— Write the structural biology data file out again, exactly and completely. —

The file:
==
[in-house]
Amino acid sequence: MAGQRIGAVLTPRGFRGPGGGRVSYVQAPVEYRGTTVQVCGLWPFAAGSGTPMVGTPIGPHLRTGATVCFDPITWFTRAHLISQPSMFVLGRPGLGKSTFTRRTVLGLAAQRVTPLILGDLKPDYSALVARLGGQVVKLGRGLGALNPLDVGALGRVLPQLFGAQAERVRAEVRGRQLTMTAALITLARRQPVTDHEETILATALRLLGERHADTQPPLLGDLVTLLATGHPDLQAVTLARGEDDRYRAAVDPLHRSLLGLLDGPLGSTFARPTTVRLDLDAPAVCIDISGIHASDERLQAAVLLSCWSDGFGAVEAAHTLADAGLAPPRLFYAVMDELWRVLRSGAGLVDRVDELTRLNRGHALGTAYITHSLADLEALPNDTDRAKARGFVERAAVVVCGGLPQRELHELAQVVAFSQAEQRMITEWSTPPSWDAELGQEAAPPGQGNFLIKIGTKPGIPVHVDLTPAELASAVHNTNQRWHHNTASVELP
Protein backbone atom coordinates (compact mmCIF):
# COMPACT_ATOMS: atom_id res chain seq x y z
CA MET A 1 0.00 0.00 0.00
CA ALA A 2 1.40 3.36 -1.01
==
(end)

[in-house]
Amino acid sequence: MAGQRIGAVLTPRGFRGPGGGRVSYVQAPVEYRGTTVQVCGLWPFAAGSGTPMVGTPIGPHLRTGATVCFDPITWFTRAHLISQPSMFVLGRPGLGKSTFTRRTVLGLAAQRVTPLILGDLKPDYSALVARLGGQVVKLGRGLGALNPLDVGALGRVLPQLFGAQAERVRAEVRGRQLTMTAALITLARRQPVTDHEETILATALRLLGERHADTQPPLLGDLVTLLATGHPDLQAVTLARGEDDRYRAAVDPLHRSLLGLLDGPLGSTFARPTTVRLDLDAPAVCIDISGIHASDERLQAAVLLSCWSDGFGAVEAAHTLADAGLAPPRLFYAVMDELWRVLRSGAGLVDRVDELTRLNRGHALGTAYITHSLADLEALPNDTDRAKARGFVERAAVVVCGGLPQRELHELAQVVAFSQAEQRMITEWSTPPSWDAELGQEAAPPGQGNFLIKIGTKPGIPVHVDLTPAELASAVHNTNQRWHHNTASVELP
Protein backbone atom coordinates (compact mmCIF):
# COMPACT_ATOMS: atom_id res chain seq x y z
CA MET A 1 0.00 0.00 0.00
CA ALA A 2 1.40 3.36 -1.01